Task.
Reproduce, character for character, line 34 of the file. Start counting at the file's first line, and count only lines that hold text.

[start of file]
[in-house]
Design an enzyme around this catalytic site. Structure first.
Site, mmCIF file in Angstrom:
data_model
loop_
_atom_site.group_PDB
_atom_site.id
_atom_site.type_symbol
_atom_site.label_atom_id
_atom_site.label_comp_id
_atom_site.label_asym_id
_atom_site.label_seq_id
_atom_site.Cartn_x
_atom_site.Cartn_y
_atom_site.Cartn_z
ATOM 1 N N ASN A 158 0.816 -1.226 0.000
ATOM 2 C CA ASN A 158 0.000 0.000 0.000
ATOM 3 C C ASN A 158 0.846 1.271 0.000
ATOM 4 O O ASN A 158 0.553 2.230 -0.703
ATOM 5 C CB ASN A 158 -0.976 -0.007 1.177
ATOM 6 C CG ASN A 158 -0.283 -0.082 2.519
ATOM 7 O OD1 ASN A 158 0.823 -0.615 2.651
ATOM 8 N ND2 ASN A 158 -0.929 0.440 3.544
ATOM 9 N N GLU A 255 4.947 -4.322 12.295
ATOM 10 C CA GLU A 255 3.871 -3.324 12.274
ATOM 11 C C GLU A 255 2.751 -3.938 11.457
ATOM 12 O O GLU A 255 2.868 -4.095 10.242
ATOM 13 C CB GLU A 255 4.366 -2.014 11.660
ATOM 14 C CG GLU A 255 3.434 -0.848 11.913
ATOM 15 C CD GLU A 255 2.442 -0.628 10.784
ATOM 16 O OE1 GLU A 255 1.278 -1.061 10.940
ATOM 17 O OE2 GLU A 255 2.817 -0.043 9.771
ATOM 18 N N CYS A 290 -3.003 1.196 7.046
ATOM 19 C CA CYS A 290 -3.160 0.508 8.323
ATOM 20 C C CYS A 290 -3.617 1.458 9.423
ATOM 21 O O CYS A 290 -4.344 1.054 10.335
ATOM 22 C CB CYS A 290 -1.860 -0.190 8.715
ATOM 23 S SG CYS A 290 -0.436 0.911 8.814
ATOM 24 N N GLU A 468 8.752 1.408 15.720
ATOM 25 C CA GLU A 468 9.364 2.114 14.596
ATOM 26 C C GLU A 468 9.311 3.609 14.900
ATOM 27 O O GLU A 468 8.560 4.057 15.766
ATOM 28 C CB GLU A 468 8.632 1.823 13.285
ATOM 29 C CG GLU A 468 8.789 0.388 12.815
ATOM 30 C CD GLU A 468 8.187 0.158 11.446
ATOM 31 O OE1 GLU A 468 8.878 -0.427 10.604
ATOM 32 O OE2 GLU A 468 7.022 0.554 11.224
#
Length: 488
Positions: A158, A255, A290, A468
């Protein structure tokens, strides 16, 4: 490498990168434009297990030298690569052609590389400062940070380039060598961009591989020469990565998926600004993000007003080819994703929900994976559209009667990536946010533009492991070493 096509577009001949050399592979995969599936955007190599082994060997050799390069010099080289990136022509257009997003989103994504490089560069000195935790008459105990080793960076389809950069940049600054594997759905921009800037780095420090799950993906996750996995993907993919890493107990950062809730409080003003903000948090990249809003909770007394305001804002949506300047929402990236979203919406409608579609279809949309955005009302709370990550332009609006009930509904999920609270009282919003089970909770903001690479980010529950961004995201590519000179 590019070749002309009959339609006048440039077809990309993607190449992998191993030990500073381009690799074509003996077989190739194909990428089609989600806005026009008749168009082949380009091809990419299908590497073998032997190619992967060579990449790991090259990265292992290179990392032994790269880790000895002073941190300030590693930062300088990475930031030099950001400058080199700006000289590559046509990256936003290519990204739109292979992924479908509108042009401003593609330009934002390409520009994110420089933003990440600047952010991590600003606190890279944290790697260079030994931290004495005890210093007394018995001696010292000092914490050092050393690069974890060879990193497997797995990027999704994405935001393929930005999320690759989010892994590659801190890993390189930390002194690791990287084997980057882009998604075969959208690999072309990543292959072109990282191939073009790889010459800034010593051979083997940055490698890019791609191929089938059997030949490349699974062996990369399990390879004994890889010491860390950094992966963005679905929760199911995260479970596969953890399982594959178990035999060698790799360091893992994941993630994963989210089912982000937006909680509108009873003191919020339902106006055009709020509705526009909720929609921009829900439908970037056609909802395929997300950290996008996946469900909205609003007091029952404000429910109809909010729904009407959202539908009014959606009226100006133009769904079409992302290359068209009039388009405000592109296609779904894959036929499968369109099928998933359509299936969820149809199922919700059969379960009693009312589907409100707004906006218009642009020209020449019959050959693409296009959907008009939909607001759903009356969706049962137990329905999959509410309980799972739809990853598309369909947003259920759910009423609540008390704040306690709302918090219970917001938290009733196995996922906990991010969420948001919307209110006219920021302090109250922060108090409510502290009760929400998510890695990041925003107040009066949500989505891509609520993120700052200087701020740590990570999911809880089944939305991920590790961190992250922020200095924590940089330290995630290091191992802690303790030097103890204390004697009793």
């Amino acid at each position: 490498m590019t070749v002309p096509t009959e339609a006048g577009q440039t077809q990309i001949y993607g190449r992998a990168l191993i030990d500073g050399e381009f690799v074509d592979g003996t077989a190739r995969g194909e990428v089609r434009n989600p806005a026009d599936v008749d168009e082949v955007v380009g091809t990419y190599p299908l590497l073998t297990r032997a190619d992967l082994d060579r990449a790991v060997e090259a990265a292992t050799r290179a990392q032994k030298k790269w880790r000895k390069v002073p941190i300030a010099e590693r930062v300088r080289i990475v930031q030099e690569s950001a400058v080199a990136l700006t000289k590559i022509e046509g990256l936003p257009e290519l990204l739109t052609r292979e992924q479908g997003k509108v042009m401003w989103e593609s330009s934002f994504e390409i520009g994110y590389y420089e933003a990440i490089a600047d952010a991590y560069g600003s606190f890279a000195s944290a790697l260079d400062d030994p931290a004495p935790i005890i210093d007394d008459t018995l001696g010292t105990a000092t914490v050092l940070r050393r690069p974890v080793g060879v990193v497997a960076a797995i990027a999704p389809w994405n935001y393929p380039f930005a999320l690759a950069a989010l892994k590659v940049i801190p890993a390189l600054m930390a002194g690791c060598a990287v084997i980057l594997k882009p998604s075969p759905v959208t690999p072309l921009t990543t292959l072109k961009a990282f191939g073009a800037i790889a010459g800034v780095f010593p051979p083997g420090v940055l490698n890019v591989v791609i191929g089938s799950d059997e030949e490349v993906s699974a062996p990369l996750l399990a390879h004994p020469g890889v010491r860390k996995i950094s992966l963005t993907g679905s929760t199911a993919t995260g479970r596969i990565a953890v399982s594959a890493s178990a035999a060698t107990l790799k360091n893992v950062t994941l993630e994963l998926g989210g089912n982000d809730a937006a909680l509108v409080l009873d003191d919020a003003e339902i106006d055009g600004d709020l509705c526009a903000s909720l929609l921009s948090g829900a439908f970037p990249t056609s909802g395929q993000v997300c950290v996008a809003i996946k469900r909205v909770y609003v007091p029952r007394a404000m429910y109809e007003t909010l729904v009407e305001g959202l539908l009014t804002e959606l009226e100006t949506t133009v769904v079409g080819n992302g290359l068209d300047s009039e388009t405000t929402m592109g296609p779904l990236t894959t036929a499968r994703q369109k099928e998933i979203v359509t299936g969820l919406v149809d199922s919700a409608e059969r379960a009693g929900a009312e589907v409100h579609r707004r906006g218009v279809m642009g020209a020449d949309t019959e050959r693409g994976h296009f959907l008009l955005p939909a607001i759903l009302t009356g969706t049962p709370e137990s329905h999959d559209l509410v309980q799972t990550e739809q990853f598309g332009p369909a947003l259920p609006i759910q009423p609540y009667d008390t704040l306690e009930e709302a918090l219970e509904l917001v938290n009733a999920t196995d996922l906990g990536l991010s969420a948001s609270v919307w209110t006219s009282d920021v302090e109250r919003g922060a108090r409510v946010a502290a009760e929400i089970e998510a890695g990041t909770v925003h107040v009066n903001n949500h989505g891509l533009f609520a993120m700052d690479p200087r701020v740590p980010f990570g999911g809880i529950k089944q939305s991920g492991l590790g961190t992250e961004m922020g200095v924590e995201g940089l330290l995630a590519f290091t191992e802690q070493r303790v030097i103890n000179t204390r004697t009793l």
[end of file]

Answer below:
ATOM 19 C CA CYS A 290 -3.160 0.508 8.323